Life Sentence in Canada: Understanding the Consequences





Life Sentence in Canada: Understanding the Consequences

A life sentence in Canada does not mean an individual will serve time in jail for the rest of their life. A judge can indicate the length of jail time without the possibility of parole, with the longest period being 25 years.

Factors That Affect Sentencing

Whether the defendant has entered into a plea agreement with the prosecution in exchange for a reduced sentence, or whether the defendant has provided information or assistance to the authorities during the investigation or prosecution of the case.
Refers to circumstances that reduce the defendant’s level of responsibility or moral culpability for the offence, such as acting under duress or because it was necessary to prevent greater harm.
Refers to evidence or arguments presented by both the prosecution and the defence that may affect the sentence, such as evidence of prior bad acts committed by the accused, or mitigating factors such as mental illness or addiction.
Refers to the defendant’s military, public service or other achievements relevant to the sentence.
Indicates the specific legislation, policies and case law in the jurisdiction where the offence has been committed that might affect the sentence, for example, mandatory minimums, sentencing guidelines or prevailing community attitudes towards punishment.
The extent to which the accused cooperated with law enforcement and other authorities in the investigation and prosecution of his own case can be a factor in sentencing.
The age of the defendant and any physical or mental health problems may be relevant to the court in determining an appropriate sentence – for example, an older defendant or one with a serious health problem may be sentenced more leniently.
The defendant’s role in the commission of the offence may have an impact on his or her sentence. A principal or co-conspirator may receive a more severe sentence than an accomplice or someone who had a minor role.
A defendant’s financial resources and ability to pay fines or other financial penalties may be taken into account in determining an appropriate sentence. The court may consider a defendant’s ability to pay restitution to the victim(s) and/or fines to the State.
Sentencing may be influenced by the aim of deterring the defendant and others from committing similar offences in the future; a harsh sentence may act as a deterrent, while a lenient sentence may not.
The safety and protection of the public is a key consideration in sentencing. A sentence may be increased for an offender who poses a significant threat to public safety to prevent him from committing further offences.
The defendant’s potential for rehabilitation, or ability to be successfully treated or trained so as not to offend again, may be taken into account in determining an appropriate sentence A defendant who appears likely to be successfully rehabilitated may be given a lighter sentence.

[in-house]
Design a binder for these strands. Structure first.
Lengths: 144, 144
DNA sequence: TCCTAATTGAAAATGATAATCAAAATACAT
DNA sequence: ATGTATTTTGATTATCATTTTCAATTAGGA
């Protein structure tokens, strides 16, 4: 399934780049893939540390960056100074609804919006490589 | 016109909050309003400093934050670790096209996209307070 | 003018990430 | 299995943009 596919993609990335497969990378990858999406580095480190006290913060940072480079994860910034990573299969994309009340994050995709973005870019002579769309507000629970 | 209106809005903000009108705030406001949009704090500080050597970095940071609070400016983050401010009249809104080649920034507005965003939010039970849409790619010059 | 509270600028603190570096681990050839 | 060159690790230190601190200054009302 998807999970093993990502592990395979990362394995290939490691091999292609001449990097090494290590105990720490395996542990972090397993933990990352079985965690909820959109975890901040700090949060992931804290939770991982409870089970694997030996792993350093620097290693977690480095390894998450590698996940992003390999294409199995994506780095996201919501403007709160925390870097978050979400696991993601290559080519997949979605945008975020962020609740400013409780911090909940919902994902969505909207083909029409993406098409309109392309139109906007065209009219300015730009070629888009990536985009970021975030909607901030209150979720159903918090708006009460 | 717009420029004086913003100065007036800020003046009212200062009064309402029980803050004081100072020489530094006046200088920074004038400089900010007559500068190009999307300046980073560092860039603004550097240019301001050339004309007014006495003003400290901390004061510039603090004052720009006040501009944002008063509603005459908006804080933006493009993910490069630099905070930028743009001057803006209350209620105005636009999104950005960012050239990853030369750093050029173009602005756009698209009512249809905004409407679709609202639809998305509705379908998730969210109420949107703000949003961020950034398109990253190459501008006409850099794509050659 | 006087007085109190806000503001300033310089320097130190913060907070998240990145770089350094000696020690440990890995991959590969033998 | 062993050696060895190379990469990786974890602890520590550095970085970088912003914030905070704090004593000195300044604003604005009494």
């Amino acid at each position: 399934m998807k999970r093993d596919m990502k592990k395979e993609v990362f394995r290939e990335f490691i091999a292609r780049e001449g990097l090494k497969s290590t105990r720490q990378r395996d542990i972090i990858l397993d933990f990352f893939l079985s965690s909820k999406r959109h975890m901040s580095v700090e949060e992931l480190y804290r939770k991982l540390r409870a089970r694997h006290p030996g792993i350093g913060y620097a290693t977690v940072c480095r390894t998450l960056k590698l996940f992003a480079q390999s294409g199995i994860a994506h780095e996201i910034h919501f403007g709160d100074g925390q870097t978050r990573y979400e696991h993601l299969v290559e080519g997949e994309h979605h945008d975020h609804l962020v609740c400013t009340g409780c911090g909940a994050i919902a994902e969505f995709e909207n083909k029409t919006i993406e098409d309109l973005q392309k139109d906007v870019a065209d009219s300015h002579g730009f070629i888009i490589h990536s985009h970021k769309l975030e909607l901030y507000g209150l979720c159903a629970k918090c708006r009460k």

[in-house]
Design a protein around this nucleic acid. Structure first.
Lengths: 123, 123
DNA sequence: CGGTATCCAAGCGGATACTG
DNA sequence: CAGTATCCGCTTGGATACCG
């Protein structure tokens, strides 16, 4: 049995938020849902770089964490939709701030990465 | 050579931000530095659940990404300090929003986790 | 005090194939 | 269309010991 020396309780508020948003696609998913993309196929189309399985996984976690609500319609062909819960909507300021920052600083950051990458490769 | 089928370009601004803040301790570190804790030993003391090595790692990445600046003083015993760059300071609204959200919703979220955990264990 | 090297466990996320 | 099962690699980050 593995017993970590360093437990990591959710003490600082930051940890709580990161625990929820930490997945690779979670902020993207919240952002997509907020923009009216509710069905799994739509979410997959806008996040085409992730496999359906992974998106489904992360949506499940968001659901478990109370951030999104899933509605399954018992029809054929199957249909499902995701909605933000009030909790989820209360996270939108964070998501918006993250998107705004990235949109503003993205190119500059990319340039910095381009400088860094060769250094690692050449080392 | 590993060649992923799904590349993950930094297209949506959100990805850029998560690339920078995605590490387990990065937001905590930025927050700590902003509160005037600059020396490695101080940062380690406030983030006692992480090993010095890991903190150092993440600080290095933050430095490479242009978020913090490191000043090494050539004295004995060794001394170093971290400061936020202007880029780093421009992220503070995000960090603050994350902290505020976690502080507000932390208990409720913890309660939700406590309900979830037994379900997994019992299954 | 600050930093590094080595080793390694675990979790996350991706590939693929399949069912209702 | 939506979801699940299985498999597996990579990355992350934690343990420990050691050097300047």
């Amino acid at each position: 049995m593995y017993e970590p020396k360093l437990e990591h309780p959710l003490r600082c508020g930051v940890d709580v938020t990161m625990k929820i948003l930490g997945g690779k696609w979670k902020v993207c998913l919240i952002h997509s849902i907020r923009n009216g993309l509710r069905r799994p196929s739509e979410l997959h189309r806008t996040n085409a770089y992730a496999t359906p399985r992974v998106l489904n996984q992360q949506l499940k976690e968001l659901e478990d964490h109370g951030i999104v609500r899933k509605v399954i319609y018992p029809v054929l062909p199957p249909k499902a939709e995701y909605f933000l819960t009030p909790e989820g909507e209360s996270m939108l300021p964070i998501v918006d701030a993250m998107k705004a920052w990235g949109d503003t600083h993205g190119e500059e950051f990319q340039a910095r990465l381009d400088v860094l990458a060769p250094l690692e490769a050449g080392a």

Sentencing guidelines and mandatory minimum sentences set by state or federal law may be a factor in the sentencing decision. The court must follow these guidelines and mandatory minimum sentences, although it may have some discretion in certain cases.
Aggravation is a factor in the offense or in the conduct of the offender which increases the penalty, whereas mitigation is a factor in the offense or conduct of the offender which reduces the penalty.
Public opinion and the views of judges or sentencers may influence the perception of the seriousness of a particular sentence.
The extent to which the defendant has assisted law enforcement or other authorities in investigating or prosecuting the offence may be considered as a sentencing factor.
Age, mental and physical health of an accused person are relevant to sentencing because they affect his or her ability to understand consequences of his or her actions and his or her ability to reform.
The role of the defendant in the commission of the offence may also be taken into consideration, with those who have played a leading or more active role often receiving a more severe sentence.
This factor relates to the specific details and events surrounding the offence that was committed, including the method used and any aggravating or mitigating circumstances.
This factor considers the defendant’s criminal history, including any previous convictions, and the defendant’s previous sentences.
This factor takes into account the defendant’s general background, including education, employment, family situation and any history of drug or alcohol abuse.
This factor considers whether the defendant shows remorse for the offence committed, including apologies or expressions of regret.
This assesses the physical, emotional and economic damage caused by the offence and the impact of the offence on the victims’ life.

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